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Old 02 December 2014, 03:07   #1
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SIB A Frame

I'm thinking of getting an A Frame for my SIB over winter as next year I may try going out at dusk/night (only up Littlehampton harbour with a 6 knot limit, not out to sea) so need Nav lights.

My budget is limited so have been thinking of getting these:

A Frame: http://pages.ebay.com/link/?nav=item...895738&alt=web

Nav Light Combo: Mailspeed Marine Combo Navigation Light, Navigation Lights | Mailspeed Marine

Would these be suitable? The picture of the A frame doesn't show how it is mounted although it says it is transom mounted (I have asked for more pictures of it!)
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Old 02 December 2014, 03:22   #2
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When I say I asked for more pictures, that was about 3 weeks ago and got no reply!

Anyways, would I also need a spotlight to actually see where I'm going? Could anyone recommend fittings I could use to mount that nav light combo? Cheers!
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Old 02 December 2014, 03:39   #3
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IMHO there is no spotlight you can mount on a sib that is going to help you see where you are going, even at six knots. A powerful torch is obviously worth having but unless you are planning to be searching at night I don't see when it might be useful to have it in a fixed position.
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Old 02 December 2014, 03:57   #4
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I bought a LED Lenser head light, very light and very powerful with wide angle and zoom. In the zoom mode, you have about a 180yd beam. Mine is the rechargeable version but now you can buy some cheaper ones on ebay.



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Old 02 December 2014, 07:26   #5
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I have seen SIBs with A-frames made from black PVC waste pipe - not pretty but cheap, tailorable, removable and the wiring can be run inside it.

How far upriver do you want to go? I'd have thought between the river mouth and the Tesco's bridge there'd be enough ambient light by which to navigate. Either that or get a fishfinder and turn in the opposite direction when the depth starts decreasing rapidly!
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Old 02 December 2014, 11:30   #6
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At the most, about 3NM upriver but I would still like an A frame for if I ever decide to go out to sea
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Old 02 December 2014, 12:43   #7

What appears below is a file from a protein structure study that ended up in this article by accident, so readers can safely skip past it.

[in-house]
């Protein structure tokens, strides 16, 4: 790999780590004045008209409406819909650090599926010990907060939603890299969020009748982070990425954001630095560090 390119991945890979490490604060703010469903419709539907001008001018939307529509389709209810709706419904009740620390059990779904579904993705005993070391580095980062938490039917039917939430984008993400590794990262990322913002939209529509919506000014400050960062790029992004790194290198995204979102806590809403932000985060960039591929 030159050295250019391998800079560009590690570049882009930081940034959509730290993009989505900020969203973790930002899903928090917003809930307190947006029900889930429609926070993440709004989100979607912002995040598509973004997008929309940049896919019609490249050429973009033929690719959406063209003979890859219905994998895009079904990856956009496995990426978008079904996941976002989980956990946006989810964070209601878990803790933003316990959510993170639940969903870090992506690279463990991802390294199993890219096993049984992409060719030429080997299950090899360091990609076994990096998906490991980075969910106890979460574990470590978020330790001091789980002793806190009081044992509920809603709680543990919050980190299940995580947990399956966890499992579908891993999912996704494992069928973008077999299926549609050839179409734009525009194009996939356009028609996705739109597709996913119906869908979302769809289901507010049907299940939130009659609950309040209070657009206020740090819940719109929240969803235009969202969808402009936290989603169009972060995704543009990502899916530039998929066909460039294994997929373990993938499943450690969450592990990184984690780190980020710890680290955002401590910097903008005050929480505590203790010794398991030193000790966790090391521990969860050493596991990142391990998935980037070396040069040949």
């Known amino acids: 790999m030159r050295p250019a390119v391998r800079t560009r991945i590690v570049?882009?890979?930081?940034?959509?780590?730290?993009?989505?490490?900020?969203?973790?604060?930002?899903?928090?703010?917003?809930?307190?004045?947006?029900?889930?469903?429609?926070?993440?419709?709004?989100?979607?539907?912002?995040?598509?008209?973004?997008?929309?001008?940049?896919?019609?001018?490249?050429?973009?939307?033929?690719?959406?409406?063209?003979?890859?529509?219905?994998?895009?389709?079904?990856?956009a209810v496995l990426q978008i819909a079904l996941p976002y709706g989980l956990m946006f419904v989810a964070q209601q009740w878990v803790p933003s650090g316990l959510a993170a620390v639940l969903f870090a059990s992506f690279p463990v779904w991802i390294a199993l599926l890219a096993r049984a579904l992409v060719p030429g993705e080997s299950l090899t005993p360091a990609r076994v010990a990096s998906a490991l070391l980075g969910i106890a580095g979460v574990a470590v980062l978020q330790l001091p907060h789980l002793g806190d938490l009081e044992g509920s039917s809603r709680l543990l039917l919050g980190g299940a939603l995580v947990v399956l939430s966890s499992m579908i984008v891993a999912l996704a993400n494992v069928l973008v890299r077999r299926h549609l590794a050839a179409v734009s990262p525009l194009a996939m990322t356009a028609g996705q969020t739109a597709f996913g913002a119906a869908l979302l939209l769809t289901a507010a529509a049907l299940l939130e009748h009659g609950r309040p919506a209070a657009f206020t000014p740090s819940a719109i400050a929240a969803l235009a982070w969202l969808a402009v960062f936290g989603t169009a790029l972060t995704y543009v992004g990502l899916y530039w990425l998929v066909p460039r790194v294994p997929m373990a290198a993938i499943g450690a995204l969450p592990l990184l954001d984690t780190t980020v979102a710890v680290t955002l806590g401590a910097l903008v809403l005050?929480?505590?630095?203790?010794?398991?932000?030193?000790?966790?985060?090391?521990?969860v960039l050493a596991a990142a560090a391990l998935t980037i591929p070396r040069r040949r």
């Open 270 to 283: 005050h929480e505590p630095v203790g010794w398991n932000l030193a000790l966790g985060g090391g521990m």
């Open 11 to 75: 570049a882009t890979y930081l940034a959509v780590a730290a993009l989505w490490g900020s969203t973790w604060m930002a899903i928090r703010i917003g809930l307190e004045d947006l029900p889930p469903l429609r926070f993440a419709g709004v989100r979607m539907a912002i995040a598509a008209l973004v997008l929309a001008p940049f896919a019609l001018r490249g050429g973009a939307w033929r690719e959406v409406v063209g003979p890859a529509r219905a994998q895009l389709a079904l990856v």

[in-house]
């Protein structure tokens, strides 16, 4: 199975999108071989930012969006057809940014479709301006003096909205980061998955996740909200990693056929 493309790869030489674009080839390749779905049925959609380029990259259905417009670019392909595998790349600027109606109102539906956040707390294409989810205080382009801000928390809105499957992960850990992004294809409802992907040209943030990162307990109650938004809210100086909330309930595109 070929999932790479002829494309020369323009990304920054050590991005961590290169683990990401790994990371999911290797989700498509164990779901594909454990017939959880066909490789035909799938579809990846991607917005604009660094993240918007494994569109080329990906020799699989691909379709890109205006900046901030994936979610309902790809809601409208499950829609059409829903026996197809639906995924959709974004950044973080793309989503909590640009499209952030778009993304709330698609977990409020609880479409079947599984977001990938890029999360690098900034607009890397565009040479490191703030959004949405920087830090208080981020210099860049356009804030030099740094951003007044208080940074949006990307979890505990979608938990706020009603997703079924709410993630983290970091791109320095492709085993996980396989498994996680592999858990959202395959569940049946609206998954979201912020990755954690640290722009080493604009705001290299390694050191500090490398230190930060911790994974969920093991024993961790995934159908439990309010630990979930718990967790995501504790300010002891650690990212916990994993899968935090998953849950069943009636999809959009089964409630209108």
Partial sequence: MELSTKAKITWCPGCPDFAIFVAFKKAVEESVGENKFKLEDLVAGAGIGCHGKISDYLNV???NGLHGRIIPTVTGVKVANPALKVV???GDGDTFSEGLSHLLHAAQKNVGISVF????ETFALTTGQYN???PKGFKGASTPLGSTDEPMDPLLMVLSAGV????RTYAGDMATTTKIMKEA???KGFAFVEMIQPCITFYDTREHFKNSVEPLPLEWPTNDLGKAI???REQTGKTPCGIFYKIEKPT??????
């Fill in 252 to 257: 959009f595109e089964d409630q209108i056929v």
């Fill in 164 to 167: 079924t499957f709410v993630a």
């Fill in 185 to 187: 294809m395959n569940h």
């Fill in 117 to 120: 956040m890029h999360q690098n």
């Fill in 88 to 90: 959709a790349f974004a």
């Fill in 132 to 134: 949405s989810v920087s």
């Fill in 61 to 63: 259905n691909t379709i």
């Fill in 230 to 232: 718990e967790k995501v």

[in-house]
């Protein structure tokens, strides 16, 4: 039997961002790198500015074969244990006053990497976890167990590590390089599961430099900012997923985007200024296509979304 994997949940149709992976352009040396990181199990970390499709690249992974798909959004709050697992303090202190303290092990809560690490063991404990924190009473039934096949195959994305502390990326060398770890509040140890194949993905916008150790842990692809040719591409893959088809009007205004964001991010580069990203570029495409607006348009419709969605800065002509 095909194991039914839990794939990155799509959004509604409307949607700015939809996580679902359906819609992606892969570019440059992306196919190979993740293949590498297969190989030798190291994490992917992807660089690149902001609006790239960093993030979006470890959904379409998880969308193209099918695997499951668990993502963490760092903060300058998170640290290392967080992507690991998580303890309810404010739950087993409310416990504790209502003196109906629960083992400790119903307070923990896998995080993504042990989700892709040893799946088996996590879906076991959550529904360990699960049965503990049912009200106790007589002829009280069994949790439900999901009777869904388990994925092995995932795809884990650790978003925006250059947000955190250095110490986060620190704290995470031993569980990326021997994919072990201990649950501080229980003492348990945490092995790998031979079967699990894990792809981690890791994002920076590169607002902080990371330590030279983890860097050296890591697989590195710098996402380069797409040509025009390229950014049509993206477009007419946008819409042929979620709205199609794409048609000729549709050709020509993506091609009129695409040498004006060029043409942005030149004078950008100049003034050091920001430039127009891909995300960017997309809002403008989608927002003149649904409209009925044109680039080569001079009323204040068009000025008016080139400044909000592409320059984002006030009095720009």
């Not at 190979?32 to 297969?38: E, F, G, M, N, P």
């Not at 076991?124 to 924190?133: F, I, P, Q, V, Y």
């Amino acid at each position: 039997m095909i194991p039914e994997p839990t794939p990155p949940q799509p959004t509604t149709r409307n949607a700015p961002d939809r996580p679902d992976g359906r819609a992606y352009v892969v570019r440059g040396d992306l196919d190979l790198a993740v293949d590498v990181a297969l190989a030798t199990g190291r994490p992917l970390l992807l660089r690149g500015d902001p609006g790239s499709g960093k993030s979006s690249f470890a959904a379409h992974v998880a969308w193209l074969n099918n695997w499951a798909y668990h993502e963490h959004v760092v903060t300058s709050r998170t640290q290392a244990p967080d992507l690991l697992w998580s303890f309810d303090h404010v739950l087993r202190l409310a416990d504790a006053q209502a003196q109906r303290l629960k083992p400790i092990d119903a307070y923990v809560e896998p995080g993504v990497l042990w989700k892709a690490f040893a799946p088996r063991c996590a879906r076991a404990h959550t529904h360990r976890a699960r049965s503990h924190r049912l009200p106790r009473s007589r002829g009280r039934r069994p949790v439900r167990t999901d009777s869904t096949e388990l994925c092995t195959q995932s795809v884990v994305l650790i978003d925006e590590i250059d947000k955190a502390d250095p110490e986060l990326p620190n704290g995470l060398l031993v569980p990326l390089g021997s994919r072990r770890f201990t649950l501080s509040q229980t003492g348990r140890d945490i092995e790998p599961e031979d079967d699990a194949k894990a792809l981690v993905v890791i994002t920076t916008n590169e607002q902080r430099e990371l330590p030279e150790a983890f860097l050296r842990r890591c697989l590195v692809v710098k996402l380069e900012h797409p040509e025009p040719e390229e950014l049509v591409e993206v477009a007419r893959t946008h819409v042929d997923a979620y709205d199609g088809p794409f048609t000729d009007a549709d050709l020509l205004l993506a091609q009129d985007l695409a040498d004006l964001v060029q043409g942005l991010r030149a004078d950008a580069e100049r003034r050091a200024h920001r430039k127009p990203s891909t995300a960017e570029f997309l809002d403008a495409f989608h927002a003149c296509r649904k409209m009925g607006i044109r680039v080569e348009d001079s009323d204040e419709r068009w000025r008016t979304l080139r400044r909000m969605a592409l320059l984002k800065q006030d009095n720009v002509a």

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At least at this time of year there aren't crowds of tourists leaning on the railing and watching what happens at the mouth of the Arun.

09:00 on a Sunday is good - the RNLI are training and out and about anyway!
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Old 02 December 2014, 12:59   #8
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With launching wheels and other stuff I personally wouldn't want an A frame being in the way. If your only reason for having it is to put running lights on, then it makes even less sense since you can easily add running lights in other ways. I have seen a cutting board with bungee cords on it to mount the front battery powered light. The rear can clamp onto the transom, utilizing a pole if needed. They also make suction cup battery powered lights (Use a lanyard).

Something like this mount could also be used for a light. Anchor hub

Mine are set up to mount to my anchor crate in the bow, and a fishing rod holder on the transom. The transom mount is extendable. I believe they are SeaSense LED lights that are powered by my onboard battery. That way i never have to worry about dead batteries in the "flashlight" running light types, as I still have not needed running lights after a year of owning them. (Our coast is unforgiving, and the San Francisco Bay is not a good place for a tiny boat to be after dark. Lakes are where lights are useful to me but we don't go camping very often.)
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Old 07 December 2014, 07:53   #9
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Some posts above appear to be referring to navigation lights as if they are something to see with.

Navigation lights are to be seen by other vessels. There are strict patterns of lights for each category of boat. That way, in the dark, another vessel can not only see that you are there, but work out what you are - and therefore how you are likely to manoeuvre.

In addition to this, in some circumstances, lights to see where you are going may be useful - but I wonder how often it would be wise to be at sea in these conditions in a small open boat.
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Old 07 December 2014, 12:13   #10
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The big problem with spotlights is that it blows your night vision. Turn on the spot, and all you can see is what is illuminated: the beam diameter, out to the small distance it lights up (and that distance generally isn't all that far.)

It can be useful in some circumstances: pulling up to a dock, say; but if I can't see what's in front of me well enough, I slow down rather than limit my vision to one direction.

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